CHICAGO – Women with mechanical heart valves who unintentionally become pregnant while on warfarin often expect their obstetricians to recommend pregnancy termination, but that’s not what contemporary practice guidelines advocate.
Neither the latest American College of Chest Physicians guidelines (CHEST 2012;141[2 suppl]: e691S-e736S doi 10.1378/chest.11-2300) nor the European Society of Cardiology guidelines (Eur. Heart J. 2011;32:3147-97) recommend pregnancy termination under those circumstances, Dr. Anthony R. Gregg noted at the annual meeting of the American College of Cardiology.
"Studies show the risk to the fetus is fairly low overall, so there’s no recommendation for pregnancy termination," said Dr. Gregg, professor of obstetrics and gynecology, chief of maternal-fetal medicine, and director of obstetrics at the University of Florida Shands Hospital, Gainesville.
This assertion may come as a surprise to many cardiologists and primary care physicians. After all, every medical student has heard of the fetal warfarin syndrome. But while it affects about 30% of pregnancies with first-trimester warfarin exposure, the degree of severity is highly variable, he explained.
Often a woman doesn’t realize she is pregnant until weeks 6-8 of gestation or even later. The fetus has already been exposed to warfarin. Under those circumstances, the guidelines uniformly recommend that the patient with a mechanical heart valve be switched to low-molecular-weight heparin or unfractionated heparin, then returned to warfarin after 13 weeks’ gestation. She is then maintained on that well-studied oral anticoagulant until week 34, when she should once again be switched to low-molecular-weight heparin or unfractionated heparin as the time of delivery draws closer.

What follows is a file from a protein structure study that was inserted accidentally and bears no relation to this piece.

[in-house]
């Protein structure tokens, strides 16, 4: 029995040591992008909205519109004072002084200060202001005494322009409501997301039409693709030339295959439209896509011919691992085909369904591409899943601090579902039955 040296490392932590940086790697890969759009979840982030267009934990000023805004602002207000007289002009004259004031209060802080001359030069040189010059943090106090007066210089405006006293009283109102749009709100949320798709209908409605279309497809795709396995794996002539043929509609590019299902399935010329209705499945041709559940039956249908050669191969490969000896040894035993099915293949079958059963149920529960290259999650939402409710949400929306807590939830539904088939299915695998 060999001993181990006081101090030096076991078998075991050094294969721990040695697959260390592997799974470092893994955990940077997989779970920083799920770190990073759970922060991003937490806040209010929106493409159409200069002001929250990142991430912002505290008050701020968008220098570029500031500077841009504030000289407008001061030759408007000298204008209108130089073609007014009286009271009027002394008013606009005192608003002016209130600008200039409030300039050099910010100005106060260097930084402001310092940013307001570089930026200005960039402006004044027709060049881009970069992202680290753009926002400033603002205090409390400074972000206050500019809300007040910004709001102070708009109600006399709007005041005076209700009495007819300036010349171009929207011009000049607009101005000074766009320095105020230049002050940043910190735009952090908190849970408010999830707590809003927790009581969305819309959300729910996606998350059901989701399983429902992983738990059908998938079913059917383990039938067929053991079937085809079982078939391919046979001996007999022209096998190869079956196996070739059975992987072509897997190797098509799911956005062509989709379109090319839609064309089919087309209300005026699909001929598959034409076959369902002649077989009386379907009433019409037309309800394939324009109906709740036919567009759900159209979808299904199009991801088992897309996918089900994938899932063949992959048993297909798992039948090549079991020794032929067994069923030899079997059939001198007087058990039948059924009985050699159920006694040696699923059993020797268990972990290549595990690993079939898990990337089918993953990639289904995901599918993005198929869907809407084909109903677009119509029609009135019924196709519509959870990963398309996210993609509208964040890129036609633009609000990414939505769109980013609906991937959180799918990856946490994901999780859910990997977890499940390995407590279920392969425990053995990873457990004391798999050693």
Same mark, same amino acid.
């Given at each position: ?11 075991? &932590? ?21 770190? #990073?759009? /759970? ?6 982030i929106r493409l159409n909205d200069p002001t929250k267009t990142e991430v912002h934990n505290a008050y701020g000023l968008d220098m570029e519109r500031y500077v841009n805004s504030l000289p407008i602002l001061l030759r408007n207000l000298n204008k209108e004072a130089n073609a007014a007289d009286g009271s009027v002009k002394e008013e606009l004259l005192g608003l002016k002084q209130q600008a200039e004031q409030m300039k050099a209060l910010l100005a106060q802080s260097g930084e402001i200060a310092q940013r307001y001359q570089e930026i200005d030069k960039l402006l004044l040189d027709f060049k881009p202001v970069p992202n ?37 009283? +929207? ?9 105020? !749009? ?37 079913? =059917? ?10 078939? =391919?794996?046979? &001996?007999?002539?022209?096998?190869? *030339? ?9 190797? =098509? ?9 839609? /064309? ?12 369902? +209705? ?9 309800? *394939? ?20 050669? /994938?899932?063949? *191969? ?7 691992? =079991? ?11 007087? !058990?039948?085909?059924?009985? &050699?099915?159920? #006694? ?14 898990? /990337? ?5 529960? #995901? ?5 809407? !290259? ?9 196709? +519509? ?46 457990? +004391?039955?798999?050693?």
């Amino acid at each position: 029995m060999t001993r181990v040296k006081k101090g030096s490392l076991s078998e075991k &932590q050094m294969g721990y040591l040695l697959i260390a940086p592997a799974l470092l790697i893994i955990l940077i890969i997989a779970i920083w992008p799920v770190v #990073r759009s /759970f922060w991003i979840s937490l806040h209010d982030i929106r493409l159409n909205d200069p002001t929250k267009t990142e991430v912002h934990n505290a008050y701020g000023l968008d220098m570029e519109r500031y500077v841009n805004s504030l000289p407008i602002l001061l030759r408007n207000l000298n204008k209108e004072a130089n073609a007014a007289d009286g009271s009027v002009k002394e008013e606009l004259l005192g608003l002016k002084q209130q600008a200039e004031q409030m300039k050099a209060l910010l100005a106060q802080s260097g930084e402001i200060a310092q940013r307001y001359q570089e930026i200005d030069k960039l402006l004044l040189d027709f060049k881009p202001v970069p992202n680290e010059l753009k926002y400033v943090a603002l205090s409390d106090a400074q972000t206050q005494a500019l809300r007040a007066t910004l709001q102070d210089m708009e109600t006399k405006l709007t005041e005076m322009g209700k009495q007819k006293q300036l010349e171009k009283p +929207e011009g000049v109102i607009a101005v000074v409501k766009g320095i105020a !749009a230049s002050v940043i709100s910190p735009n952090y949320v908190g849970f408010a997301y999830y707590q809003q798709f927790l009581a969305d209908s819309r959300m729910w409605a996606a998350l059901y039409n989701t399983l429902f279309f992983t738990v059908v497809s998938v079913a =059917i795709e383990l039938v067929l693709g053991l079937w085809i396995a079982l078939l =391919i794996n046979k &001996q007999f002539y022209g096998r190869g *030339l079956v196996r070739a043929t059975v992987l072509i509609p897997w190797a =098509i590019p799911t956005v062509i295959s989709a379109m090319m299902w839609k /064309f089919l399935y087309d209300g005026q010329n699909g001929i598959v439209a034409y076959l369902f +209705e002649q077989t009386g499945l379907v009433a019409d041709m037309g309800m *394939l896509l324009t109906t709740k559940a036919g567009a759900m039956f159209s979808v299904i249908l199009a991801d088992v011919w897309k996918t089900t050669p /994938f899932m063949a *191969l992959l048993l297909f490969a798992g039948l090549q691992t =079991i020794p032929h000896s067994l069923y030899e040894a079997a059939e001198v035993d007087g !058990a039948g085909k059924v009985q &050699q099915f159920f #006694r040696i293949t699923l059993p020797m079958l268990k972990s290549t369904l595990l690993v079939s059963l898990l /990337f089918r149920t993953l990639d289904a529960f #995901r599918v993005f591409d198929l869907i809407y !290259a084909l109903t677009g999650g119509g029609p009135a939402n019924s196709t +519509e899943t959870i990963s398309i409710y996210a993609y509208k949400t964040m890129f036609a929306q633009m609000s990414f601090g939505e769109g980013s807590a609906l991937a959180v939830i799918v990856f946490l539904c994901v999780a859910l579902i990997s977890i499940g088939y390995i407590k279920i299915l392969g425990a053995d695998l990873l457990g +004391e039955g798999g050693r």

In the case of a planned pregnancy, the recommendation is for a patient with a mechanical valve to be on low-molecular-weight heparin or unfractionated heparin from the time of conception through 13 weeks’ gestation before switching back to warfarin. But that guidance doesn’t apply to women with the older mechanical heart valves posing maximum thromboembolic risk; those patients are best managed on warfarin continuously throughout pregnancy until the week-34 switch to low-molecular-weight heparin or unfractionated heparin.
"We try to point out to patients that they’re not out of the woods despite the fact that we’re following professional organizations’ guidelines. Sometimes they assume that since we’re following guidelines there’s no risk at all. The bottom line is warfarin can cross the placenta in pregnancy. There are lots of documented cases of fetal intracranial bleeding. We follow our patients across pregnancy looking for any evidence of warfarin-induced fetal intracranial hemorrhage," he said.
Dr. Gregg reported having no financial conflicts.